Being hurt is unavoidable. It’s what we do next that counts

It is a truth less than universally acknowledged, that someone in your church will let you down. Maybe they’ll promise to do something, then fail to do it. Maybe they’ll say something thoughtless, offensive or belittling; maybe they’ll misgender you. Maybe they’ll always seem to take and never give. Maybe they’ll miss that something big is going on and hurt you through their lack of curiosity, or their absence. Whatever it is, one way or another, sooner or later, you’re going to feel hurt, disappointed, let down, even betrayed, by someone; quite possibly by the pastor. Continue reading “Being hurt is unavoidable. It’s what we do next that counts”

Cartalk / Tabletalk 8: Jacob wrestles

Jacob doesn’t have to wrestle. He could stay with his women and children and servants: there is safety in numbers. He could sedate himself with wine or the web or some ancient Palestinian Prozac, and allow his encounter with the stranger to remain a blur. He could yield to the stranger at the beginning, crying ‘I give up! Leave me!’ But he doesn’t. He allows himself to be alone, vulnerable, wide awake in the dead of night. The stranger comes. Jacob wrestles; he grasps; he is wounded: and he is blessed. Continue reading “Cartalk / Tabletalk 8: Jacob wrestles”

Healing and community

Last week, we looked at how healing is about wholeness, that is, including, accepting and connecting all parts of ourselves. However, healing is even bigger than this. It is also about wholeness in a wider sense, bringing people into healthy relationship with other people and with the wider creation. We’ll look at creation next week; this week, we’ll focus on communities. Continue reading “Healing and community”

Conflict in the church

It’s true: Christians fight. Sometimes (and this is embarrassing) they squabble over money or furniture or music or the flowers; other times (and perhaps this is more understandable) they argue over who is welcome at the communion table, what age is appropriate for baptism, or whether to eat meat sacrificed to idols. Often, they have simple personality clashes. The truth is, conflict has been part of church life since the earliest days, and what marks a church is not the absence of conflict, but how it is handled. Continue reading “Conflict in the church”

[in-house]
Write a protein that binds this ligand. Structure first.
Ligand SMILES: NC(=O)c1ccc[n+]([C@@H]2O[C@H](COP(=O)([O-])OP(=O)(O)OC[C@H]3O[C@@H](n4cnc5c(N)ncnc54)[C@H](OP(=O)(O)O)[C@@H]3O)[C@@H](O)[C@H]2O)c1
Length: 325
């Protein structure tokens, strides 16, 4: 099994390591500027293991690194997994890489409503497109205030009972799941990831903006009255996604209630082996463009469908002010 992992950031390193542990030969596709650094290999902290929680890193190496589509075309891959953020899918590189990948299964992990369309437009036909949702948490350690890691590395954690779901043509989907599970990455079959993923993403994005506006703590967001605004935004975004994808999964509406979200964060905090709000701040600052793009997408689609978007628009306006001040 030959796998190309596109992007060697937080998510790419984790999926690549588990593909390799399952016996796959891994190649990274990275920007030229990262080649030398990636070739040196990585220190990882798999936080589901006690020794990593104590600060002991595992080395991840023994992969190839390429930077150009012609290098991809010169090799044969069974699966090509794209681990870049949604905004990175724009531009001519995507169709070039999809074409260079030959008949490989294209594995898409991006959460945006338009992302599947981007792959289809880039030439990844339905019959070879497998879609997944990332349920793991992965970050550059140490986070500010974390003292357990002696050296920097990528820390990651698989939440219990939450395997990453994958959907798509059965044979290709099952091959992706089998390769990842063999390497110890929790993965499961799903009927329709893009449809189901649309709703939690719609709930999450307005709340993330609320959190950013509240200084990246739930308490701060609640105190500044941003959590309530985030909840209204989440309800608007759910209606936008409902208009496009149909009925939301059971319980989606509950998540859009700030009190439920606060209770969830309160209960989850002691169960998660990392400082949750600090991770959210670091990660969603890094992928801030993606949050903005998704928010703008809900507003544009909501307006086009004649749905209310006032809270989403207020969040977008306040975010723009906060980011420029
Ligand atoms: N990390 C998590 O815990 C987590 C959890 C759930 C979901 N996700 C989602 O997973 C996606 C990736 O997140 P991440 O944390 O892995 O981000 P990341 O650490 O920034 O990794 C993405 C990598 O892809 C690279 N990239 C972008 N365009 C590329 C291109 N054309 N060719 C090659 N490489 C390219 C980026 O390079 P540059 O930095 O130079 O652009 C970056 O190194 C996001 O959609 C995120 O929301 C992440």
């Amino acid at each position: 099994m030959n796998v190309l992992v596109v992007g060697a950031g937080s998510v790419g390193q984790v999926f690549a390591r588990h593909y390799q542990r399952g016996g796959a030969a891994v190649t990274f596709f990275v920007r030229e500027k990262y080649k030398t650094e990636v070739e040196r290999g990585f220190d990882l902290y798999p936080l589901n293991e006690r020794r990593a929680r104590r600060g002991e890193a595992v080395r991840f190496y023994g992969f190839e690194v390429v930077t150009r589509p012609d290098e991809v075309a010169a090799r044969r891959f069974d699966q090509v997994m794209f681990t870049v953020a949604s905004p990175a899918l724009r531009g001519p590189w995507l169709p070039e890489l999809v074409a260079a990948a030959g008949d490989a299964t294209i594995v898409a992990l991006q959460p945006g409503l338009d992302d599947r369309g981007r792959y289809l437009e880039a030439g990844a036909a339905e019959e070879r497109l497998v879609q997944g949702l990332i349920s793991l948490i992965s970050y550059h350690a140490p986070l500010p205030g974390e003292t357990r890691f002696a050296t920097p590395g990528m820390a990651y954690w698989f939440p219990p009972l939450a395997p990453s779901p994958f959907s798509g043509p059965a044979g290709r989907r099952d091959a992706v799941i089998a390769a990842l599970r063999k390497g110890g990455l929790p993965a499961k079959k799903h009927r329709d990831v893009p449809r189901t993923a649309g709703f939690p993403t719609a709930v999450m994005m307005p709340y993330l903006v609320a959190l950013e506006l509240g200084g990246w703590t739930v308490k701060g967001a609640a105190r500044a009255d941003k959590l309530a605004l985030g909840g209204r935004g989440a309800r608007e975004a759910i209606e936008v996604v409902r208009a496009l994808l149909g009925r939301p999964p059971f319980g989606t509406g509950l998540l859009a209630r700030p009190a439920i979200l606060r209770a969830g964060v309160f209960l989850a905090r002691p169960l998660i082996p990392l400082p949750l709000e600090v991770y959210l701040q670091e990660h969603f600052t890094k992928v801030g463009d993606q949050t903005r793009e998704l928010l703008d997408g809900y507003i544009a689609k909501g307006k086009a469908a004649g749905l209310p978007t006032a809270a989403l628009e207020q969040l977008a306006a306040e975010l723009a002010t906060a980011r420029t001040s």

The persistent widows of Liberia

A story of persistent widows, and the challenge to a middle class congregation. (Listen.)

I want to tell you about some incredibly brave and inspiring women of faith … who threatened to take all their clothes off! The story goes like this. After many years of civil war, the women of Liberia had had enough. Their husbands were being killed or pressed into the army. Their sons were being abducted, turned into soldiers, drugged, and forced into killing members of their own families. Their daughters were being kidnapped and abused. Their own bodies were being used for violence and, through this, they were being infected with disease. Their crops were burned; their villages destroyed; their society torn apart. They had to walk miles to find food and clean water. They were sick, exhausted, grief-stricken, traumatised, and absolutely fed up. Continue reading “The persistent widows of Liberia”

Mustard seeds and mulberry trees: Acting in hope despite the odds

Jesus commands us to forgive, but with no guarantees regarding the outcome.

Recently, a beloved sister of ours announced her resignation from the church. It’s the kind of thing we hate to talk about – and yet it must be talked about. Not the specifics, by any means, but the implications for the congregation. Unfortunately, people have been leaving churches since the first century: yet it never feels okay. It leaves the individual terribly isolated and vulnerable; and it leaves those who remain with strong and often conflicting emotions: sadness, anger, shame, confusion, deep concern for the one who has left; and even, sometimes, relief – and guilt about that relief. Of course, rumours abound; and they muddy the waters and damage relationships further, so this is an attempt to name a few truths and bring a few things into the light. Continue reading “Mustard seeds and mulberry trees: Acting in hope despite the odds”

A rollicking romance and a house divided

How following Jesus tore a household apart – and eventually brought it together again. (Listen.)

I’d like to introduce you to a very shocking man: my father. But to understand why he is so shocking, you first need to know about my mother. My mother grew up in a fundamentalist household which rejected infant baptism, evolution, smoking, divorce, and many other things. Because she was super-smart and good at languages, and because everybody knew that no man would marry a super-smart woman, she had been groomed from an early age to be a Bible-translating missionary spinster. So away she went to university to study anthropology and linguistics; but there she met my father. Continue reading “A rollicking romance and a house divided”

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